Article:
Katrin: Interestingly enough the money that I earned as a teacher versus the complete lack thereof in illustrating didn't stop me. It's an import message to my children, too, I think. My husband had the same idea unfortunately. Just around the same time when I stopped working actively as a teacher, he quit his job as a university professor and founded a tech startup. It's going well and somewhere, but in the middle of it all we sometimes look at each other and think we are completely nuts—with three children, a dog and a mortgage.
Katrin: We still like to think that we inspire our children… even if finances are tight sometimes.
Megan: I don't think that there is anything wrong with that. In fact, it might teach them something about what it takes to follow your dreams, do what you are good at, and what fulfills you.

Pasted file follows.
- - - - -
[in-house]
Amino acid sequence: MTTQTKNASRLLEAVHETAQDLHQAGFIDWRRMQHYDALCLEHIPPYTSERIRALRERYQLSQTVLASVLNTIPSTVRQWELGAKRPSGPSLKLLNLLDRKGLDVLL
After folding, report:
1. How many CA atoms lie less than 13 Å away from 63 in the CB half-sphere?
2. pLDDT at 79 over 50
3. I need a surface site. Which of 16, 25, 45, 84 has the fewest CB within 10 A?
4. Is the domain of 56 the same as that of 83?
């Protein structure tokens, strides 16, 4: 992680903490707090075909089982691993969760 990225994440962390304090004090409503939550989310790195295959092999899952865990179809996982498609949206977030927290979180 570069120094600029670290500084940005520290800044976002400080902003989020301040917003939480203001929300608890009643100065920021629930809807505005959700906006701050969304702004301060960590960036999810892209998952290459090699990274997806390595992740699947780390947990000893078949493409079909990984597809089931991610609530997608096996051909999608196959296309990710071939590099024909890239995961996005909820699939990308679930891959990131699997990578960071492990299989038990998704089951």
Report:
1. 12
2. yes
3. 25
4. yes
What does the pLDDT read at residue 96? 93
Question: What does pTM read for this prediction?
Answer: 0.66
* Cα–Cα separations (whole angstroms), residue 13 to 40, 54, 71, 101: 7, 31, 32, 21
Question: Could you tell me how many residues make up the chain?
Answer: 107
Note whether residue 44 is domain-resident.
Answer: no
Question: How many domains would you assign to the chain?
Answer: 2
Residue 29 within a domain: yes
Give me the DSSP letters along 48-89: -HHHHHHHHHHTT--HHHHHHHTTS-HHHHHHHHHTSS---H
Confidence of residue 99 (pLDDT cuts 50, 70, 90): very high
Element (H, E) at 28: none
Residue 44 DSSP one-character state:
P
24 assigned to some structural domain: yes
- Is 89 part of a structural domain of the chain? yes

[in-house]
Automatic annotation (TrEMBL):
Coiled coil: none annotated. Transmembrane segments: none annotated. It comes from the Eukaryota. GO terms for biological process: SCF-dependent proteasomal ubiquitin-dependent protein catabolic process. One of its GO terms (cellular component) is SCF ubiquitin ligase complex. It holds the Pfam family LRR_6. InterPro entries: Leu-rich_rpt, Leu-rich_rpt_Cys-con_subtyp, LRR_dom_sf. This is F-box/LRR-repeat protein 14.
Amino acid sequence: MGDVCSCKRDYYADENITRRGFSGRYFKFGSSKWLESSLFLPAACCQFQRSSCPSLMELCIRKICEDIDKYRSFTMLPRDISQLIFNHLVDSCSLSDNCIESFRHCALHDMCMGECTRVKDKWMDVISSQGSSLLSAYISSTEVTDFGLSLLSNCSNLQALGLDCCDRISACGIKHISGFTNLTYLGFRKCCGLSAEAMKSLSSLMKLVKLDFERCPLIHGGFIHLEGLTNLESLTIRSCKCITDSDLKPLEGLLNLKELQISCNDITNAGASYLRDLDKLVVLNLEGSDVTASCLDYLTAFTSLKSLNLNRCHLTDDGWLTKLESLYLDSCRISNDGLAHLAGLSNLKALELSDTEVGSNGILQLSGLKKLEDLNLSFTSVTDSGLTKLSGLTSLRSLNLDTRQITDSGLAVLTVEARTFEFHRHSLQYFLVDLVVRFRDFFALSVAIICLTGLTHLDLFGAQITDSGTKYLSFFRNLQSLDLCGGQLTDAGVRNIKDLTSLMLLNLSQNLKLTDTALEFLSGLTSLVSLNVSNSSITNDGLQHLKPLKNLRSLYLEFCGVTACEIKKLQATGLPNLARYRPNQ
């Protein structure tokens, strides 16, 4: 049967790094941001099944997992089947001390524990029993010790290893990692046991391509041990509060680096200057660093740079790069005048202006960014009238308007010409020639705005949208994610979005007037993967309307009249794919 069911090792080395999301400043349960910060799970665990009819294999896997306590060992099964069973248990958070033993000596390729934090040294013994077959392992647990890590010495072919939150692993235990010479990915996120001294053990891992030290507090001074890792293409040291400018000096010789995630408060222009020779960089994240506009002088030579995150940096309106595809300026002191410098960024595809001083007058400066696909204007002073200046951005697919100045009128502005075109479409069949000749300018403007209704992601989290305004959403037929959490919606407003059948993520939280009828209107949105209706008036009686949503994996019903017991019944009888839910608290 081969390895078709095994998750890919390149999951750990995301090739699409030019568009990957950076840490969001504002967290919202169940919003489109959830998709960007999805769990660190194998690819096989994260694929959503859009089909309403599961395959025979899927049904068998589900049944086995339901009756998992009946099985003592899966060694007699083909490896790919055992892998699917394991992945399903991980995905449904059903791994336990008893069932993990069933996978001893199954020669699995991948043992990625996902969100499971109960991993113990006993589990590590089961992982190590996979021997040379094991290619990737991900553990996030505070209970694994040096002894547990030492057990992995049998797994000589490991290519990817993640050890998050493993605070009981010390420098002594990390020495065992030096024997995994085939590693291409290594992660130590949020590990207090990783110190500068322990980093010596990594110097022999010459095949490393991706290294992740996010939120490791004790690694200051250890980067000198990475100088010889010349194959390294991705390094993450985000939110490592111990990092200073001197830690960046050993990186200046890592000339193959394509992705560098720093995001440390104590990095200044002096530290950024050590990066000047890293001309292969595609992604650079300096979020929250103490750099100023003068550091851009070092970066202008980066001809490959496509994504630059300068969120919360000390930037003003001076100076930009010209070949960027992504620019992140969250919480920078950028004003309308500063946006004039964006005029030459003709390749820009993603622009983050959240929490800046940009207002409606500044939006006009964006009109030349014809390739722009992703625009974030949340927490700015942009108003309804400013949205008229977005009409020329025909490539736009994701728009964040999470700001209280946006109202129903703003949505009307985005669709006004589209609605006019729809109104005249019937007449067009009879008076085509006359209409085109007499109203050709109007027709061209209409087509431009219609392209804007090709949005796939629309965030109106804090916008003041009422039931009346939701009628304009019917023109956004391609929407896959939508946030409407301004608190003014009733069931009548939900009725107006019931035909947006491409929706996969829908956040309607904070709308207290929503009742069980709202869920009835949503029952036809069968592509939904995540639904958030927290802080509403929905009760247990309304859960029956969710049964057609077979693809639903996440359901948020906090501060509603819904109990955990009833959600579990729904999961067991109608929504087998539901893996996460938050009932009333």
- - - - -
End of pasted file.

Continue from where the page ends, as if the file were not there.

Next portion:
So, at some point you decided to go into illustration. What was the first thing you did?
Katrin: Do you mean career step wise or the kind of illustration I focused on first?
Megan: Good point. They are both different. Let's take your second question as I was going to ask you about the style of illustration you do. I love it. How did that come about? And did it come about before you decided to make illustration your career?
Katrin: I'm glad you like it Megan, thank you.
So, I've always had this thing that I would 'outline' things I drew first with a black pen. It's still how I work mostly. I use ink fine liners for outlining and then I fill it with any kind of paint or even (digitally) with paper collages.